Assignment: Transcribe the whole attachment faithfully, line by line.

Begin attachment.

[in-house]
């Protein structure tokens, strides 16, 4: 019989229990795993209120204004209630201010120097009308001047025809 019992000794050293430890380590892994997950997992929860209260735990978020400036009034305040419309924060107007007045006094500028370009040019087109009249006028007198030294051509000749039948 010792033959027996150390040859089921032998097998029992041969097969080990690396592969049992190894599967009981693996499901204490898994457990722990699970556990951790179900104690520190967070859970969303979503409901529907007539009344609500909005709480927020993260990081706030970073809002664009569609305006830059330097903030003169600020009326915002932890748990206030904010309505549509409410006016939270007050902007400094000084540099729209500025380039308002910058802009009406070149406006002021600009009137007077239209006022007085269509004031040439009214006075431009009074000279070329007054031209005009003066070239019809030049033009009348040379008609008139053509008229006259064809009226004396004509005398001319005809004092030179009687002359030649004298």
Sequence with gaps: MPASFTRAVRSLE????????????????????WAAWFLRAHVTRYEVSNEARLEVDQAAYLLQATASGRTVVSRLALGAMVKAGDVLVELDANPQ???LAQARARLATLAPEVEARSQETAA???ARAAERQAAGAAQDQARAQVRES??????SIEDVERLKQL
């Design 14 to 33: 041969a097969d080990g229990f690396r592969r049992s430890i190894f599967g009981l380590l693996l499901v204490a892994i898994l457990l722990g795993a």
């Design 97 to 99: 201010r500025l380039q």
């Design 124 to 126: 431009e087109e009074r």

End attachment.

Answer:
[in-house]
């Protein structure tokens, strides 16, 4: 019989229990795993209120204004209630201010120097009308001047025809 019992000794050293430890380590892994997950997992929860209260735990978020400036009034305040419309924060107007007045006094500028370009040019087109009249006028007198030294051509000749039948 010792033959027996150390040859089921032998097998029992041969097969080990690396592969049992190894599967009981693996499901204490898994457990722990699970556990951790179900104690520190967070859970969303979503409901529907007539009344609500909005709480927020993260990081706030970073809002664009569609305006830059330097903030003169600020009326915002932890748990206030904010309505549509409410006016939270007050902007400094000084540099729209500025380039308002910058802009009406070149406006002021600009009137007077239209006022007085269509004031040439009214006075431009009074000279070329007054031209005009003066070239019809030049033009009348040379008609008139053509008229006259064809009226004396004509005398001319005809004092030179009687002359030649004298």
Sequence with gaps: MPASFTRAVRSLE????????????????????WAAWFLRAHVTRYEVSNEARLEVDQAAYLLQATASGRTVVSRLALGAMVKAGDVLVELDANPQ???LAQARARLATLAPEVEARSQETAA???ARAAERQAAGAAQDQARAQVRES??????SIEDVERLKQL
């Design 14 to 33: 041969a097969d080990g229990f690396r592969r049992s430890i190894f599967g009981l380590l693996l499901v204490a892994i898994l457990l722990g795993a």
């Design 97 to 99: 201010r500025l380039q």
């Design 124 to 126: 431009e087109e009074r």